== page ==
The Whitehall Deer Research Facility has been key in unlocking an understanding of the whitetail’s reproductive processes and behaviors, scent and vocal communications, visual and hearing capabilities, disease agents, and population social structure. We have also investigated the importance of the timing of deer reproduction, the use of fertility control drugs to manage deer populations in urban areas, the use of various drugs to capture wild deer, testing of new research technologies, feeding preference trials and plant repellent studies.
The heart of the captive deer facility is its 19-stall barn and deer-handling system, which is connected to outside paddocks.
The barn is directly connected to a round structure known as a rotunda. This structure allows us to direct deer into the barn, handling system or outside runway.
Once inside of the rotunda, deer are directed through an opening leading to the next component of the handling system.
Once through the opening, deer are guided through an upward sloping hallway, leading to the restraint device.
Before installing the deer handling system in 1996, we had to chemically immobilize deer to collect important biological samples. Because the cradle presents less risk to deer and researchers, the UGA Animal Care and Use Committee helped us to acquire funding for its purchase and installation.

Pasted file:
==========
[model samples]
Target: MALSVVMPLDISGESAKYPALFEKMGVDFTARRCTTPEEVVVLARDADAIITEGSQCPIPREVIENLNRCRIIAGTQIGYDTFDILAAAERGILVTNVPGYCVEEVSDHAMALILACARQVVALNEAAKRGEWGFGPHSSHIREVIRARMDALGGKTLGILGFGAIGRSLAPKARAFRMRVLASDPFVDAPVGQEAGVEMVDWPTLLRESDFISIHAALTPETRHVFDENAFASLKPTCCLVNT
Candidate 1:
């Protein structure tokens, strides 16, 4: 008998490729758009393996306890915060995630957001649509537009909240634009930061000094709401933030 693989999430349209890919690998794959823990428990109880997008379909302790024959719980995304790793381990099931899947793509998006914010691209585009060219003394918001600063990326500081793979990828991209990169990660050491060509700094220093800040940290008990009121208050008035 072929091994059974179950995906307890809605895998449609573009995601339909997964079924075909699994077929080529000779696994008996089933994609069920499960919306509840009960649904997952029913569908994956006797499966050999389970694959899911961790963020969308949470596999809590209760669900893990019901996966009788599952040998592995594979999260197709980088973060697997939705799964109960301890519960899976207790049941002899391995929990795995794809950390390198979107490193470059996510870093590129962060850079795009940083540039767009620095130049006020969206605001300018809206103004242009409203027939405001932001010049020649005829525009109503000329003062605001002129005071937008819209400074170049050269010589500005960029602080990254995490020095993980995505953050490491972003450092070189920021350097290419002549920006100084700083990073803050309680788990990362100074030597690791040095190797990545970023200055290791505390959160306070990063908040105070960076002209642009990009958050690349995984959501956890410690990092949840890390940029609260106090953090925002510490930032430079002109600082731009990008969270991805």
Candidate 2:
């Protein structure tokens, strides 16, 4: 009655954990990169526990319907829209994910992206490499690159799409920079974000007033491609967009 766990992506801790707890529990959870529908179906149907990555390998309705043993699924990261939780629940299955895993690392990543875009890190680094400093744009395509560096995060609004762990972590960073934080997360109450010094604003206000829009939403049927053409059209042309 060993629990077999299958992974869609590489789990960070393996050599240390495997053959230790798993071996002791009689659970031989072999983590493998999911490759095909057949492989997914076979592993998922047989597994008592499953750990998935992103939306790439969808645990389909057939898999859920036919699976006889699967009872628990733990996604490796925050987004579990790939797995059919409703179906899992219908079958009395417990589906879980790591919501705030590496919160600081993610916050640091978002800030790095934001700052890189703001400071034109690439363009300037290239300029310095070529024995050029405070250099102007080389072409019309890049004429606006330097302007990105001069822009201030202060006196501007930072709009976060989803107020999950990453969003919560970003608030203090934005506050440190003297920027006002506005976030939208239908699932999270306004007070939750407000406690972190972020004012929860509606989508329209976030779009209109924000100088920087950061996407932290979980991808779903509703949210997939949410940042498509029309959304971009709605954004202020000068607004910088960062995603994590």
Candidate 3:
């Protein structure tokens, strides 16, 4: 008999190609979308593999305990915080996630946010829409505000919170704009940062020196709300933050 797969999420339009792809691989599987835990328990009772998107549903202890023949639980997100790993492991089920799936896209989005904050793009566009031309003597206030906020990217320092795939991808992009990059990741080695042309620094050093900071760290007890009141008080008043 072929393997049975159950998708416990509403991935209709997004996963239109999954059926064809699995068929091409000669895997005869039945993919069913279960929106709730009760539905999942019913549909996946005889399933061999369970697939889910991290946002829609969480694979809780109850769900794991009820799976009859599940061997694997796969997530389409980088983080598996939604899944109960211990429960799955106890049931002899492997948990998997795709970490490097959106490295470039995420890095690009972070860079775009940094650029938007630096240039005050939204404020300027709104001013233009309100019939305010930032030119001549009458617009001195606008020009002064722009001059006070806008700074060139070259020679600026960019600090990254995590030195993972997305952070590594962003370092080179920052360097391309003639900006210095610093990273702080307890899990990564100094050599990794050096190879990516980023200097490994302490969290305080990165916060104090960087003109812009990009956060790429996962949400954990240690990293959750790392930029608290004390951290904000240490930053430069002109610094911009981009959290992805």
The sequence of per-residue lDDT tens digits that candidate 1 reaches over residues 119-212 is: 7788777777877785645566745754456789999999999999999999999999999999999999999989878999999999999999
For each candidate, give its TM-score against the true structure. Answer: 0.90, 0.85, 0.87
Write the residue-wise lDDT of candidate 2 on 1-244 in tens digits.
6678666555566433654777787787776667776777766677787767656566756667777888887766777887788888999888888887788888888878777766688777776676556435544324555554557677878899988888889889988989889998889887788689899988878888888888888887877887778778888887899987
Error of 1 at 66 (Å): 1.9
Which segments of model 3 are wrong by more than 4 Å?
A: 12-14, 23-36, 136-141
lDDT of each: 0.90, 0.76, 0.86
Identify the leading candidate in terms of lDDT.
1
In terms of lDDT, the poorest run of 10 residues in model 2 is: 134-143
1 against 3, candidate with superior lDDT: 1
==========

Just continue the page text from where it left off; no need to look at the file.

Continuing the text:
The restraint device (left photo) is called a deer cradle. It's like a cattle squeeze chute except it is designed so that the floor can be lowered, leaving a deer's legs suspended. This device is equipped with a digital scale to facilitate weighing deer. Once a deer is in the cradle, we can safely and humanely collect blood, give medication, remove antlers and any other routine husbandry.
When handling of the deer is complete, we lower its feet to the floor and it is guided back into an outside paddock or into a barn stall via a system of runways, as pictured below.
We modify barn stalls as needed to conduct various deer behavior and physiology experiments. The deer in the above photo was one of several trained to participate in a deer vision experiment. The machine in the background can be programmed to perform numerous functions to help the deer to communicate to us what it can and can not see.
The Whitehall Deer Research Facility also serves a major teaching and outreach role. Undergraduate wildlife students learn about deer biology and research and animal-handling skills that will help prepare them for future careers. Each year, the facility hosts many grade school-aged through college-aged students during informative guided tours.